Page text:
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Sunday, March 27, 2011


SNCC and the Politics of Nonviolence:
A Study of Armed Self-Defense and the Southern Struggle for Civil Rights

By David Paul Tahrir Thurston 

As the civil rights movement developed, many of its most dedicated activists drew increasingly radical conclusions about the nature of U.S. society and about the forms of struggle necessary to achieve their ends.  The Student Nonviolent Coordinating Committee (SNCC) exemplified this process.  Organized after the first wave of student led sit-ins, SNCC came into existence as a group committed to nonviolent direct action. Yet by 1966, SNCC had come to defend armed self-defense as a component of the black freedom struggle.  This shift away from principled nonviolence took place between 1964 and 1966, and was decisively shaped by the organization’s experience in Mississippi.  It was a reaction to several factors: the brutality of white racists, the inadequacy of protection provided by the federal government, and the sentiments of poor and working class blacks among whom SNCC members lived and worked.  In moving towards support for armed self-defense, SNCC responded to the sentiments among rural blacks in Mississippi and was influenced by self-defense organizations like the Deacons for Defense and Justice.
Historians Clayborne Carson, Charles Payne, and Akinyele Umoja have emphasized the importance of interaction with local blacks in changing attitudes within SNCC.  For former activist Todd Gitlin, the embrace of armed resistance by SNCC represents only disillusionment and loss of hope.  Yet SNCC’s shift towards support for armed self-defense was an organic product of their organizing in the deep South, facing conditions where local blacks with guns proved far more reliable and consistent than federal government intervention.  Far from signifying hopelessness, the turn towards self-defense and Black Power represented a new confidence in the ability of poor and working-class blacks to organize in their own interests.  The importance of armed action to the black freedom struggle has been the subject of several recent works, including Timothy B. Tyson’s study of Robert F. Williams’ actions in Monroe, North Carolina and Lance Hill’s recent study of the Deacons for Defense and Justice.  Tyson argues that “across the movement, traditions of armed resistance worked hand in hand with nonviolent direct action and voter registration campaigns.”  The interaction of these components produced a profound shift in the views dominant within SNCC.[1]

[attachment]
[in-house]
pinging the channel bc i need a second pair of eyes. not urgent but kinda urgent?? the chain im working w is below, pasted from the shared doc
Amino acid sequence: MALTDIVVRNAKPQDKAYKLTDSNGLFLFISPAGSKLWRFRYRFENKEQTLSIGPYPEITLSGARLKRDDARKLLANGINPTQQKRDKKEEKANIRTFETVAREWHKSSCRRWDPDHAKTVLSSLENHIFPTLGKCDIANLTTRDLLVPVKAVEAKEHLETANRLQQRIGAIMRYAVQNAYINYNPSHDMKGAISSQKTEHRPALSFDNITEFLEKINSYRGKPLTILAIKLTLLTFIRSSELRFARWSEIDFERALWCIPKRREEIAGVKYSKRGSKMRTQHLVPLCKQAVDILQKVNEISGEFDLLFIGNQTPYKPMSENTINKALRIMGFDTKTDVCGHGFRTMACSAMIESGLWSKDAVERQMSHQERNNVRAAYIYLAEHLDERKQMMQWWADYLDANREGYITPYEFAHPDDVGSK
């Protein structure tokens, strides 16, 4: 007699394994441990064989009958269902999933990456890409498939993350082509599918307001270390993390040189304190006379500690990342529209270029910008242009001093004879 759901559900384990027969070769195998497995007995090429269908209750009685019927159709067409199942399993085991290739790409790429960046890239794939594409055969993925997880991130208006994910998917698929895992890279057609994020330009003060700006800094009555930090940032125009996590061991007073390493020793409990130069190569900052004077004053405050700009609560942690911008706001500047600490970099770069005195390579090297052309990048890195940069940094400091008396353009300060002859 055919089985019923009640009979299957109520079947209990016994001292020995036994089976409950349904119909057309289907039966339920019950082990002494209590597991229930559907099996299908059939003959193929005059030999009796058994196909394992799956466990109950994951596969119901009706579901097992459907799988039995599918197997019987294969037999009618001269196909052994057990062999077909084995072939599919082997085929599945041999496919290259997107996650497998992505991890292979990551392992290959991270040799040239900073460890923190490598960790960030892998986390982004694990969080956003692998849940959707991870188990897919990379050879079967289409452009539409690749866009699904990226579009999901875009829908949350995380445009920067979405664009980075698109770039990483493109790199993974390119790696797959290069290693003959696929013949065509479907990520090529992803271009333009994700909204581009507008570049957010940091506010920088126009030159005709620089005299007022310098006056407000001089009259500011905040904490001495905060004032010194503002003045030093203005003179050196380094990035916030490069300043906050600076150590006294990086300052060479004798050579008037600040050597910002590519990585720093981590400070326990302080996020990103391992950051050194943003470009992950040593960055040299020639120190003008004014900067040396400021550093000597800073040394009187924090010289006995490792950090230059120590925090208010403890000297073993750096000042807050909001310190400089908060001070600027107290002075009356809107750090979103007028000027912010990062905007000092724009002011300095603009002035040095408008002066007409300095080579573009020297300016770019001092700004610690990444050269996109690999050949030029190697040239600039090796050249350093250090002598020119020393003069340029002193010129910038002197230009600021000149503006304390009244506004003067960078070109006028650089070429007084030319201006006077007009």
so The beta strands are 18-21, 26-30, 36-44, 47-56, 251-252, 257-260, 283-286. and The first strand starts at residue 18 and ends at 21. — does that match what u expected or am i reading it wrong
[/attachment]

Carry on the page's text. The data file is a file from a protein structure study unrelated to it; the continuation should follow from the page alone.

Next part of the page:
At its inception, SNCC’s commitment to nonviolence was twofold.  Nonviolence was viewed both as a moral principle and as the best tactical means of building a movement and securing broad support.  SNCC’s newsletter, The Student Voice, printed this statement of purpose:
We affirm the philosophical or religious idea of nonviolence as the foundation of our purpose, the pre-supposition of our faith, and the manner of our action.  Non violence as it grows from Judaic-Christian tradition seeks a social order of justice permeated by love… By appealing to conscience and standing on the moral nature of human existence, nonviolence nurtures the atmosphere in which reconciliation and justice become actual possibilities.[2]

At this stage, SNCC’s politics were deeply influenced by a religiously-based pacifism espoused by activists from Nashville.  Strategically, however, SNCC’s founders viewed nonviolence as critical to winning northern liberal support and to securing federal intervention in support of the civil rights movement.  For most members of SNCC, nonviolence held sway primarily because of its tactical benefits, and less out of deeply held principle.[3]  James Foreman, who served as SNCC’s executive secretary, described the dynamic:
My willingness to submit to the discipline of nonviolence arose from my view of it as a means to build a mass movement and to build the self-confidence of our people as a whole… I knew that nonviolence would not work, but hopefully the witnessing of terror and police brutality would help create a mass consciousness that would eventually lead to more militancy and action… My nonviolence has always been the most tactical of all possible tactical nonviolence.[4]